Faster Connections to Southern Austria

Since 1999, the ÖBB has been building the Koralm Line in Styria and since 2001 in Kärnten, there has been a new stretch of railway 130 kilometres long. This line makes southern Austria easier to reach. South Kärnten and West Styria are easier to access now too - both regions are getting closer to the state capital, Graz and Klagenfurt.

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Graz – Klagenfurt in 45 minutes

This is an advantage for commuters and companies too. The Koralm Line transports people and goods more quickly, with short journey times and at short intervals. With its completion in 2025, a journey from Graz to Klagenfurt will take only 45 minutes, instead of the two hour bus journey that was previously required. People who travel from Graz to Venedig can be very pleased with a time saving of up to four hours. In future, people will be able to glide through the countryside along the whole Koralm line at up to 230 km/h.

The sixth-longest railway tunnel in the world

For a quarter of the section, the trains will travel through tunnels, the longest is the Koralm tunnel, at 32.9 kilometres long. It is the sixth longest railway tunnel in the world and connects Styria with Kärnten and the Deutschlandsberg area with the middle of the Lavant valley. At a maximum depth of 1.2 kilometres, two tunnel tubes running in parallel, each with a ten metre outer diameter, break through the Koralpe massif.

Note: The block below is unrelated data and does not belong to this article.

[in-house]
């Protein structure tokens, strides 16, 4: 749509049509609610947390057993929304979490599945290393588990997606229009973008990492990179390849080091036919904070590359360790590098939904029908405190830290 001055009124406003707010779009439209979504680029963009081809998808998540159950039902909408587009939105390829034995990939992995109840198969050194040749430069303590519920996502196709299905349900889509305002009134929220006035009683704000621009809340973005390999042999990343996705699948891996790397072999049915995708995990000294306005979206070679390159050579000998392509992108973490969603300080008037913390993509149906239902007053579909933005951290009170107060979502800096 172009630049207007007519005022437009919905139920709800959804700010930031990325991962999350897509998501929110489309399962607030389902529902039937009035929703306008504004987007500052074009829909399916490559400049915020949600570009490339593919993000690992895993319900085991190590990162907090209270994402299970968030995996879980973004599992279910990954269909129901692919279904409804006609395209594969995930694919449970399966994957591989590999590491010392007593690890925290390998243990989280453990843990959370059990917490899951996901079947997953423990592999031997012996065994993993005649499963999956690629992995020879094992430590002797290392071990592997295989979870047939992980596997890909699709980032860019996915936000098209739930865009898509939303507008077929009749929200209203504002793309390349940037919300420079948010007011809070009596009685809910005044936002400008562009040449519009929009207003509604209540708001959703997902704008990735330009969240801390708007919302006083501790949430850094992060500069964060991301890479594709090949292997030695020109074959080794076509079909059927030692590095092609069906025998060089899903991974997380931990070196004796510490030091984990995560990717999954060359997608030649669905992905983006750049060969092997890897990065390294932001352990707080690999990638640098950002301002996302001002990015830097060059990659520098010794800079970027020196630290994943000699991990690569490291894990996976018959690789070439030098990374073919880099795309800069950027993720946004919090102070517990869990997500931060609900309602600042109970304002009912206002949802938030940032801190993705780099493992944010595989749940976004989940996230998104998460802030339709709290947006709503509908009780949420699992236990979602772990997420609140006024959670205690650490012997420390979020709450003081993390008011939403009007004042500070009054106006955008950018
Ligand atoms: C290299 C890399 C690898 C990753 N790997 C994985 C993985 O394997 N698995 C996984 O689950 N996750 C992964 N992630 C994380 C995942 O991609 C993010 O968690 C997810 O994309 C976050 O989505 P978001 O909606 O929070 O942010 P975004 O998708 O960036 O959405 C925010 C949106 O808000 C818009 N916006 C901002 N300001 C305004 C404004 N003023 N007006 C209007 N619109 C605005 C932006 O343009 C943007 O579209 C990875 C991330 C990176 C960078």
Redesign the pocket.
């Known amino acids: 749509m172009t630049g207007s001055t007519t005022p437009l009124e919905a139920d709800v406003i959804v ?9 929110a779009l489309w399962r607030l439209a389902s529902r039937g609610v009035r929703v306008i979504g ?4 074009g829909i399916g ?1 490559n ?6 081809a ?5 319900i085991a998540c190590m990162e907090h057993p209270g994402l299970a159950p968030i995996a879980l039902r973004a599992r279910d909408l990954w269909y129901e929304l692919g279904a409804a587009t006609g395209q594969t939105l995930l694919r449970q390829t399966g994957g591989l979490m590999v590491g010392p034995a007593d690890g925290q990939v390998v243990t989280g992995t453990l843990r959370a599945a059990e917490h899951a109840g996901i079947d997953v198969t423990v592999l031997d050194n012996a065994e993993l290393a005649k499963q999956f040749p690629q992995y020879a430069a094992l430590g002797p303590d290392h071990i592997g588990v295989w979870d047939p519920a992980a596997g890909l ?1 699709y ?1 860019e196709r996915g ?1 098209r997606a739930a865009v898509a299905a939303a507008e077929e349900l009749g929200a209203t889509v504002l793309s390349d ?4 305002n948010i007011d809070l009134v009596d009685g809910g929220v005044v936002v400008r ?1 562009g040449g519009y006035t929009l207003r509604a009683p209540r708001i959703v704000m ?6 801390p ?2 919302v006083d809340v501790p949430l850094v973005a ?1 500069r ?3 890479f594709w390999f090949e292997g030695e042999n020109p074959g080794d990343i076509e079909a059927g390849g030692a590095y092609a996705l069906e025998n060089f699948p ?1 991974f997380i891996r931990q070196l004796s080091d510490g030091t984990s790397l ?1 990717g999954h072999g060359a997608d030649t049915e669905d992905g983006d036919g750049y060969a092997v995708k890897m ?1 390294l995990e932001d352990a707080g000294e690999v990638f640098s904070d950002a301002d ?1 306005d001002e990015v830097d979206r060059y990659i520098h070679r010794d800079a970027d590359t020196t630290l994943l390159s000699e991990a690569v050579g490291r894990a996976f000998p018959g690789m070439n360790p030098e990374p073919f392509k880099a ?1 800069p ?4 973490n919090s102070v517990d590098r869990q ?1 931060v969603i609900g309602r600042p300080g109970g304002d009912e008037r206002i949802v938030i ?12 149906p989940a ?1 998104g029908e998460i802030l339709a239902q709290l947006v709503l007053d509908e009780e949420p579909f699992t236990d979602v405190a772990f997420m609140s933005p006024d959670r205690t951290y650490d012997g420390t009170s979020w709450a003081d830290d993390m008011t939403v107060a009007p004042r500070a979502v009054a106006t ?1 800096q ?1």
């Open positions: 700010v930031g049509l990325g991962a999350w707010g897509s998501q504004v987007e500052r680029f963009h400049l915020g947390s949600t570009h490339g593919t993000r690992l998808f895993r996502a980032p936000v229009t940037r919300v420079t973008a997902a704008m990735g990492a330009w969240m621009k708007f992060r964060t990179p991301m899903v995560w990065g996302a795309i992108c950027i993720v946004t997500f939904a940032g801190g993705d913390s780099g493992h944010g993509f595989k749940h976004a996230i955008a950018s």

23 new and modernised stations and train stops

Along the line, eleven stations have been or are being completely modernised and twelve newly built: in Styria, the stations Kalsdorf, Werndorf and Wettmannstätten, as well as the Hengsberg stop; in the local transport hubs Don Bosco and Puntigam; in Klagenfurt, the station Klagenfurt Ebenthal. These stations are very significant, they are a guarantee for the regional use of the Koralm line: thousands of people will get on and off here and this will be to their advantage.

The Koralm Line connects Köflach with Bleiburg

The Koralm Line fits into a local railway network. It connects to the future station West Styria, in the greater St. Florian area with the Graz-Köflacher railway. The regional line Zeltweg - Wolfsberg merges into the new Lavant valley station. Other new stations: Aich/Wiederndorf, Mittlern, Kühnsdorf/Klopeiner See, Grafenstein. To open up the surrounding countryside, two more lines were modernised on the Kärnten side: the Lavant railway and what is known as the Bleiburg loop; it connects the town community of Bleiburg and the market community of Feistritz on Bleiburg to the southern line.

"With the main station’s modern, waved roof, we have created a completely new landmark."

Klaus Schneider Project Manager Koralmbahn 1

"It’s important to inform people about our projects, children just as much as adults."

Gerald Zwittnig Project Manager Koralmbahn 2

"To make sure the construction runs smoothly, every stage of work for the construction of a tunnel must be precisely coordinated."

Dietmar Schubel Project Manager Koralmbahn 3